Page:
What is cardiac ablation?
Cardiac, or catheter ablation is a treatment which is used to treat heart rhythm problems such as atrial fibrillation. Cardiac ablation uses either heat energy (radiogrequency) or cold (cryoablation) to target diseased areas of the heart to treat heart rhythm abnormalities and prevent these from arising and triggering arrhythmias.
Why is cardiac ablation performed?
Cardiac ablation is performed in order to correct heart rhythm problems (arrhythmias). It can be used where drugs have been unsuccessful in treating arrhythmias. It can also be used in those who suffer serious side effects from arrhythmia medications.
However, cardiac ablation can also be offered as first line treatment before drugs in some cases. There are particular arrhythmias which respond well to cardiac ablation, including Wolff-Parkinson-White syndrome, AV nodal re-entry tachycardia, and paroxysmal atrial fibrillation.
What happens during cardiac ablation?
Cardiac ablation is a minimally-invasive procedure. A small incision is made in the groin, through which a catheter (small flexible probe) is inserted and guided through the femoral vein into the heart. These catheters are usually guided with an x-ray image, but there are specialist 3 dimensional (3D) mapping technologies that can navigate these catheters very precisely within the heart without needing to use x-ray.
Once the catheter is placed, small electrodes connected to monitors are placed on different areas of the heart to detect which areas are causing the arrhythmia. Once the source of the problem is detected, radiofrequency (or cold) energy is applied causing a small scar in the area of abnormal tissue responsible for the electrical abnormality and the arrhythmia is treated.
The procedure can take between one to three hours, depending on the complexity of the arrhythmia and circuits within the heart. These procedures are done under both local anaesthesia and general anaesthesia, and your doctor will decide, after discussion with you, which might be the most suitable way to proceed with a catheter ablation procedure.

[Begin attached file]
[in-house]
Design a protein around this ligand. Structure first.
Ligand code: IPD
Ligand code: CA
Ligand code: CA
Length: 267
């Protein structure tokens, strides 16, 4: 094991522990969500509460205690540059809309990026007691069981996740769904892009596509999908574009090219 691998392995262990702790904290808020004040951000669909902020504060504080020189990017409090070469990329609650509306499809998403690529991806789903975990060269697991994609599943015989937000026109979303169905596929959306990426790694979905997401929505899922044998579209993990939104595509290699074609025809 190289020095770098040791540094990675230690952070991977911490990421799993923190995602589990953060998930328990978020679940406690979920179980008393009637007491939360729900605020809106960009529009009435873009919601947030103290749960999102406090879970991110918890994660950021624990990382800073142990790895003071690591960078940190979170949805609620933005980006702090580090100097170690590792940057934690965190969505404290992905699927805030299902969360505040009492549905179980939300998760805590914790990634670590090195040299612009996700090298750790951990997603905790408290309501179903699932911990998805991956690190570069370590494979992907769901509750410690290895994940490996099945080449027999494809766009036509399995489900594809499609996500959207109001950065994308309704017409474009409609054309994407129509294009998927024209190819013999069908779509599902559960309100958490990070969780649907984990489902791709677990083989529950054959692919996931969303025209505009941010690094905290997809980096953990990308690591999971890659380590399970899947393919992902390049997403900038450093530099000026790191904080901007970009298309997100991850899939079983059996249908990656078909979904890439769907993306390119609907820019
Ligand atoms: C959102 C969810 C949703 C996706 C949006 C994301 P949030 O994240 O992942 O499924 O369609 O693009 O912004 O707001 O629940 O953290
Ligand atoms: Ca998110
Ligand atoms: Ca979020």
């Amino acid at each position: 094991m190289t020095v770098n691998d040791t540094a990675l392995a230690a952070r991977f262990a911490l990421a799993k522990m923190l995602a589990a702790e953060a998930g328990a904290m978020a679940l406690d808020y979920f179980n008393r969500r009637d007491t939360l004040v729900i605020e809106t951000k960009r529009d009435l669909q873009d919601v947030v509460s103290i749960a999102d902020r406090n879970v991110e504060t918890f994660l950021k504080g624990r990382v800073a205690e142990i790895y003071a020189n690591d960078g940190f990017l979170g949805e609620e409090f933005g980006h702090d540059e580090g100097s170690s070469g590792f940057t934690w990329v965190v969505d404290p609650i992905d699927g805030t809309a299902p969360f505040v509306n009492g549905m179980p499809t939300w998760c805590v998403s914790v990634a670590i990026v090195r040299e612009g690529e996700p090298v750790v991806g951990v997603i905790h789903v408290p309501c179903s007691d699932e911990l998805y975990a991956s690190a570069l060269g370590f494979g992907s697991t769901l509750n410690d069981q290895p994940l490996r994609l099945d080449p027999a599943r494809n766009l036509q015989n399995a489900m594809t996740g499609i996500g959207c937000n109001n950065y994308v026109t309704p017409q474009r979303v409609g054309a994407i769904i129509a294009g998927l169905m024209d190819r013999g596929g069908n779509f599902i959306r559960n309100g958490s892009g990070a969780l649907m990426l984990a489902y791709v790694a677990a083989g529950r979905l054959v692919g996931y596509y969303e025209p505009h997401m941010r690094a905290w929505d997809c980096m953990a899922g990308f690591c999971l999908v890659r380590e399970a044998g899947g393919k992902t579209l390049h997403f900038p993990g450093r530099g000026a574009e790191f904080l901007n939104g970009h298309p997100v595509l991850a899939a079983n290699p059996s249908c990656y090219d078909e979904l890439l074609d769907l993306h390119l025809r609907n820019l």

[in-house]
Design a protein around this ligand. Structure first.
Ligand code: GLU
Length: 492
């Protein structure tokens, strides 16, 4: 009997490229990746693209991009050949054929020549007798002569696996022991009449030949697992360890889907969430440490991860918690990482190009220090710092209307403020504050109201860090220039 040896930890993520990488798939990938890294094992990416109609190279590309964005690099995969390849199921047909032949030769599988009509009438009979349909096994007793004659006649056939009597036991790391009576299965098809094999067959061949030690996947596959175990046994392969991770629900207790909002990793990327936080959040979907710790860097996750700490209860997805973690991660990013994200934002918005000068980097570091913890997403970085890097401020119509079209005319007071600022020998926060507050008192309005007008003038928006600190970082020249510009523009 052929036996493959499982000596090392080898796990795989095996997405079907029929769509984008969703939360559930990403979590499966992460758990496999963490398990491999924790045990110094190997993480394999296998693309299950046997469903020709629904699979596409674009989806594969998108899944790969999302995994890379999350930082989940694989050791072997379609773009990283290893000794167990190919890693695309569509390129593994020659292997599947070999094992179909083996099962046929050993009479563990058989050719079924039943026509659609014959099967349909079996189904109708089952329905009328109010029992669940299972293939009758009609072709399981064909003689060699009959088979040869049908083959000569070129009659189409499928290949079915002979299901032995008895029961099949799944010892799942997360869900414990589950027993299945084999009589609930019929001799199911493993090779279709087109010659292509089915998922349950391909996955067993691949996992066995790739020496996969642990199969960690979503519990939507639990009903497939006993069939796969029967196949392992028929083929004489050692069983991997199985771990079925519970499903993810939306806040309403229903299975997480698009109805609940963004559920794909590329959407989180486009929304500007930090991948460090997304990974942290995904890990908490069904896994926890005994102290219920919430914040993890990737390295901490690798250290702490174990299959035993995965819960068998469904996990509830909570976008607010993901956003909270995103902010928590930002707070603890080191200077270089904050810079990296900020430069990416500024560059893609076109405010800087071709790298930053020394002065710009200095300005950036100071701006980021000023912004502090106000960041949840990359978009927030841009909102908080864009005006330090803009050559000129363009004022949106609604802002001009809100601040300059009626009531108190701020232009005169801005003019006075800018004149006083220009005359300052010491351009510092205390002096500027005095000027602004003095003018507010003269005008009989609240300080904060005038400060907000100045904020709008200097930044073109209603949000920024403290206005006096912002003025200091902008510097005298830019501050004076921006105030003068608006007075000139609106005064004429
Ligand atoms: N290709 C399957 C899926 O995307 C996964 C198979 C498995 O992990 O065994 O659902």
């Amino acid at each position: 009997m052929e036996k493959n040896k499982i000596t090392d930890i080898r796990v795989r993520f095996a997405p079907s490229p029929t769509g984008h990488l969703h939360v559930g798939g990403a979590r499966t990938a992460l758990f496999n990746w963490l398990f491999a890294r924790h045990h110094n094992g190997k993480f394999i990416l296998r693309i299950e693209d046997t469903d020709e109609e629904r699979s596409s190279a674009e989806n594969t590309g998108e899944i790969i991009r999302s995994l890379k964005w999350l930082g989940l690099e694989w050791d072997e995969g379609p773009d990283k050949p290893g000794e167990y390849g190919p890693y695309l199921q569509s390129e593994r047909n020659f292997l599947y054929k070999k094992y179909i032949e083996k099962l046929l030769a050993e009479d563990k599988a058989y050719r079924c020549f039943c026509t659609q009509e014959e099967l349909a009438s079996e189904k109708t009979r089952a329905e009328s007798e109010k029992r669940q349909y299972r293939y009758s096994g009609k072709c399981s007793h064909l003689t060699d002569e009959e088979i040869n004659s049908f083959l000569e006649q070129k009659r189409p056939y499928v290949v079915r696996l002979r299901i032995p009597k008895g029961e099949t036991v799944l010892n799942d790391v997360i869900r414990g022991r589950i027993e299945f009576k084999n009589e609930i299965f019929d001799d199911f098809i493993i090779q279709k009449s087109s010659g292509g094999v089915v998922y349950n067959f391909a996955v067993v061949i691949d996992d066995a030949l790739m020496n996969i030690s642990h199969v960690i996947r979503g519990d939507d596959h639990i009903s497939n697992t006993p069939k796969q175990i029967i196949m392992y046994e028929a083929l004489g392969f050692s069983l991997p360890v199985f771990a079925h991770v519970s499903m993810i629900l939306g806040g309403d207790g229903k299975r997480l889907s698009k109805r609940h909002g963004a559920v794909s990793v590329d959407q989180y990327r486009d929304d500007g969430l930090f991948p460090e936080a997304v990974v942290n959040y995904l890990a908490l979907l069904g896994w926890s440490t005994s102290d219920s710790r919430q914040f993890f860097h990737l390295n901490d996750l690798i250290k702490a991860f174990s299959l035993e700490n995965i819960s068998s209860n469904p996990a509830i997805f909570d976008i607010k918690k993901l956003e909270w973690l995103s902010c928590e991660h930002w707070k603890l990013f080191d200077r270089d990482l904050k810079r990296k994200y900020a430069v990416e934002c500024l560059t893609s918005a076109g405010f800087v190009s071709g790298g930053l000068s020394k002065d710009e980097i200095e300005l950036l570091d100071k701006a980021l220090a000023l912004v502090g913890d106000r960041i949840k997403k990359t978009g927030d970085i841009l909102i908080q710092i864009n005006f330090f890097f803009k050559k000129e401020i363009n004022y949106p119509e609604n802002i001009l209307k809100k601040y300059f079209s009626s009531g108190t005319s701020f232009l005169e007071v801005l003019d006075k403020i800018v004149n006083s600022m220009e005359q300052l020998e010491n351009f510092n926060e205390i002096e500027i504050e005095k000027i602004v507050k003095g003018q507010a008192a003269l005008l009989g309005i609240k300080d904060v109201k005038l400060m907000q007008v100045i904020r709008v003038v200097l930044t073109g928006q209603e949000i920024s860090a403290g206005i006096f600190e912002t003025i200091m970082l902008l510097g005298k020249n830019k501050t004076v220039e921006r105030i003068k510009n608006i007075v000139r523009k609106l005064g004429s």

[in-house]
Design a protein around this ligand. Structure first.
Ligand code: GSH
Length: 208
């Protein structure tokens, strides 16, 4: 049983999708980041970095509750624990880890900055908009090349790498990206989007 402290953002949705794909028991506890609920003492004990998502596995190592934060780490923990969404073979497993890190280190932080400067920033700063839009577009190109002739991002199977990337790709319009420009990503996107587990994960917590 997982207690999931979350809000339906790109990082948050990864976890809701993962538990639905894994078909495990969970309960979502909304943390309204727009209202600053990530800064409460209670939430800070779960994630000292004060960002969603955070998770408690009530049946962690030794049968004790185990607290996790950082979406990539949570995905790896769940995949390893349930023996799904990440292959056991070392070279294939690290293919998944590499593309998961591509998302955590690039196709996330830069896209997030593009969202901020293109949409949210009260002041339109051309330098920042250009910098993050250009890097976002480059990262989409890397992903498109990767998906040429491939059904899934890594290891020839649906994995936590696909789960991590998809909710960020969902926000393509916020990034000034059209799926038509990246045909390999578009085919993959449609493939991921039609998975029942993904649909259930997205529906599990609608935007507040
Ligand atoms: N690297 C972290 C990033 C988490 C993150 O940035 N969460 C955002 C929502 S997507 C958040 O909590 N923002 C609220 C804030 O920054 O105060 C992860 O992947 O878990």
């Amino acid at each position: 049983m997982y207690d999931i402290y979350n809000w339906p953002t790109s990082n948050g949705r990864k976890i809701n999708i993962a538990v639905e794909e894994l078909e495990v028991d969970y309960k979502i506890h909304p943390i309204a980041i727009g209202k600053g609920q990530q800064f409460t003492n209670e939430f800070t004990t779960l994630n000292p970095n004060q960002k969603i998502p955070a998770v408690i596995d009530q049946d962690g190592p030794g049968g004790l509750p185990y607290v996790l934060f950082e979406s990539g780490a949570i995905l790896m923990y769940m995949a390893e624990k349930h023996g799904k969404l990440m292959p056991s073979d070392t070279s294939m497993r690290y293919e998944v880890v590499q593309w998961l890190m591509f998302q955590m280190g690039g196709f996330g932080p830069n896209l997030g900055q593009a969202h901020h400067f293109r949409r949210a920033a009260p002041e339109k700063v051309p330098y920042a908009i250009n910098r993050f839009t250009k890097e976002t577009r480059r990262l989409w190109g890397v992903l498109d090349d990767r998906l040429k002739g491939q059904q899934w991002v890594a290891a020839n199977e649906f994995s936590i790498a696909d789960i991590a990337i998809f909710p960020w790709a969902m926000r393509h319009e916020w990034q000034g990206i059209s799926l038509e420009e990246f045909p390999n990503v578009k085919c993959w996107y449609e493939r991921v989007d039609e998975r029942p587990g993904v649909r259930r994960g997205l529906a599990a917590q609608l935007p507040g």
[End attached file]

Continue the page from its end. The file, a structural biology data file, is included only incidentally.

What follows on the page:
Preparing for cardiac ablation
Before the procedure, your doctor may perform tests to check you are suitable for the procedure. The night before the procedure is done, you will need to make sure to stop eating, but you can normally drink water or black tea or coffee (without milk) up until 6:00am on the morning of the procedure. Speak to your doctor about any medication you are taking to ensure that you follow the instructions about stopping, or continuing, with your medications in the lead up to the ablation procedure.
Before cardiac ablation is decided upon as a course of treatment, your cardiologist, specifically an electrophysiologist who is trained in treating heart rhythm disorders, will speak to you to evaluate which path is best, as ablation carries certain risks which must be taken into account. Risks include:
- damage to the heart’s electrical system, requiring a pacemaker
- heart attack
- bleeding from the groin puncture
- pericardial effusion, from cardiac perforation
- emergency surgery
- some bloating and gastric fullness following surgery.
Overall however, cardiac ablation is considered to be a low-risk procedure. You should discuss the specific risks of your condition and treatment with your treating electrophysiologist.
After the cardiac ablation, you will need to rest in the clinic or in the hospital for several hours, so bleeding is prevented at the site where the catheter was introduced, and your heart can be monitored.
Most ablation patients can be discharged on the same day and be given advice on groin management (it is normal to have a little ooze after the procedure), following a thorough assessment by the predischarge team.
Occasionally, following an atrial fibrillation ablation procedure, there can be periods of heart rhythm irregularities, which coincides with inflammation in the heart from the ablation for up to 4 weeks, before this typically subsides with the heart rhythm abnormality also subsiding. This is sometimes described as the "storm" before the calm in the context of an atrial fibrillation ablation procedure.
Regardless of the outcome, following the ablation, the best recovery strategy is to rest well including getting a good night sleep with little stress, and to increaase activity slowly on a day by day basis.02-03-2016 02-03-2016